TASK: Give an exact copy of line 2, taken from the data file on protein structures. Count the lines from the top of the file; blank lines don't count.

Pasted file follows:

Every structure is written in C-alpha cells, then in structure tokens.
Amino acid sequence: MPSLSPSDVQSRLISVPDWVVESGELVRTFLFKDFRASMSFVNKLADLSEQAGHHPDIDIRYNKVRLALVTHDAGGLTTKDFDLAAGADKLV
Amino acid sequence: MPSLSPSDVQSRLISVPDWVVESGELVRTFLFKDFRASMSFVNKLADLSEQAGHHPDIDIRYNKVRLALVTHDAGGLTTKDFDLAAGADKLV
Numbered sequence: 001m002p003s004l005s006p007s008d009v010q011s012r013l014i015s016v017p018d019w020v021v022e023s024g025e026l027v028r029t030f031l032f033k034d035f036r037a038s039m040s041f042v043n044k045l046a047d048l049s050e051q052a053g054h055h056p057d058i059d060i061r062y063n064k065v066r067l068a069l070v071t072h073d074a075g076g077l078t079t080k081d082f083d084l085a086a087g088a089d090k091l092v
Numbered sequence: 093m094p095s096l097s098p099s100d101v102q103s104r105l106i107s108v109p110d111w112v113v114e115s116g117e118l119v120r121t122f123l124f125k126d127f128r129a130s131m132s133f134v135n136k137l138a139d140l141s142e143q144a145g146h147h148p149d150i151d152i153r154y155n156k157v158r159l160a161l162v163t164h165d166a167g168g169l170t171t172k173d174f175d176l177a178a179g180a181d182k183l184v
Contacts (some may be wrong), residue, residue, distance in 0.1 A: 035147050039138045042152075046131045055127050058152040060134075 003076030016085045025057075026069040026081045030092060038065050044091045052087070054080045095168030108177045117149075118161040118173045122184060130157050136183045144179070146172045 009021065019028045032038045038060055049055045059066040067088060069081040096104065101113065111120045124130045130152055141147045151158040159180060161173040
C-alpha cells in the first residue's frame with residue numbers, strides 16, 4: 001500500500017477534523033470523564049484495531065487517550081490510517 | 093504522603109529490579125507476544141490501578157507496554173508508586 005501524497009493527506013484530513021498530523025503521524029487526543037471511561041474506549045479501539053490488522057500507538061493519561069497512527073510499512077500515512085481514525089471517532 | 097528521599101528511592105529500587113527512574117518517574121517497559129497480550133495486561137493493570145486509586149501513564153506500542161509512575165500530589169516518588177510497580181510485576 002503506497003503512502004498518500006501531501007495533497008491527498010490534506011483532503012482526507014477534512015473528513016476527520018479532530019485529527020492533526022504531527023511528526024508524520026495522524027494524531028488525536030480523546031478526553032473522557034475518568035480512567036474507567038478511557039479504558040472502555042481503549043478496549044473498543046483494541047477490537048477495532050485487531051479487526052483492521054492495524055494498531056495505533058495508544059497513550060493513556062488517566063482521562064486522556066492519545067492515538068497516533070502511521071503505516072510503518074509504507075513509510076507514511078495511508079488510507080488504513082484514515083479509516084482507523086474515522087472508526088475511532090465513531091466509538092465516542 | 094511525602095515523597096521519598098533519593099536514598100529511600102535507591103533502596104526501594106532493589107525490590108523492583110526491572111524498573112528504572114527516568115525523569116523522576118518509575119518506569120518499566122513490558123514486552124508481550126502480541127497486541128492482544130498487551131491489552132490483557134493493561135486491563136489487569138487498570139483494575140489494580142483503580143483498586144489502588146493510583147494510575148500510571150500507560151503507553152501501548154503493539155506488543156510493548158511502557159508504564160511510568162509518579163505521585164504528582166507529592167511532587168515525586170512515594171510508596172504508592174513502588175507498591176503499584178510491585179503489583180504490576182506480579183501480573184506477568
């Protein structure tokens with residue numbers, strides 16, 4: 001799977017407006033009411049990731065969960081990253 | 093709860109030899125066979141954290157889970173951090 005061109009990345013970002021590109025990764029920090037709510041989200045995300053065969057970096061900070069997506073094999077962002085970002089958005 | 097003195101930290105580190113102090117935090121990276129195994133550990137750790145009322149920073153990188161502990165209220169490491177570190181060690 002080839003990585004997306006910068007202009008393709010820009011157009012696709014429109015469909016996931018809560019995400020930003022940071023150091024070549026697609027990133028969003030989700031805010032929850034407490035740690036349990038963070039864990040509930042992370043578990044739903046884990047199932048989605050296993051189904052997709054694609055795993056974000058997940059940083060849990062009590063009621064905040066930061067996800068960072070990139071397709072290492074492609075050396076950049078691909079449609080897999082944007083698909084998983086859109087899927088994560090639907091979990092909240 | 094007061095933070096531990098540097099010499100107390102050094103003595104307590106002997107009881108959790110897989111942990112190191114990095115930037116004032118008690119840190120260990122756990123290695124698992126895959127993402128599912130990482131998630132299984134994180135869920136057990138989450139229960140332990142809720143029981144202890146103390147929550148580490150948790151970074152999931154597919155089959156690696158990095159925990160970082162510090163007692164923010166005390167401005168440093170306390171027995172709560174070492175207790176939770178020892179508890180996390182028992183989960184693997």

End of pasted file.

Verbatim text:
Amino acid sequence: MPSLSPSDVQSRLISVPDWVVESGELVRTFLFKDFRASMSFVNKLADLSEQAGHHPDIDIRYNKVRLALVTHDAGGLTTKDFDLAAGADKLV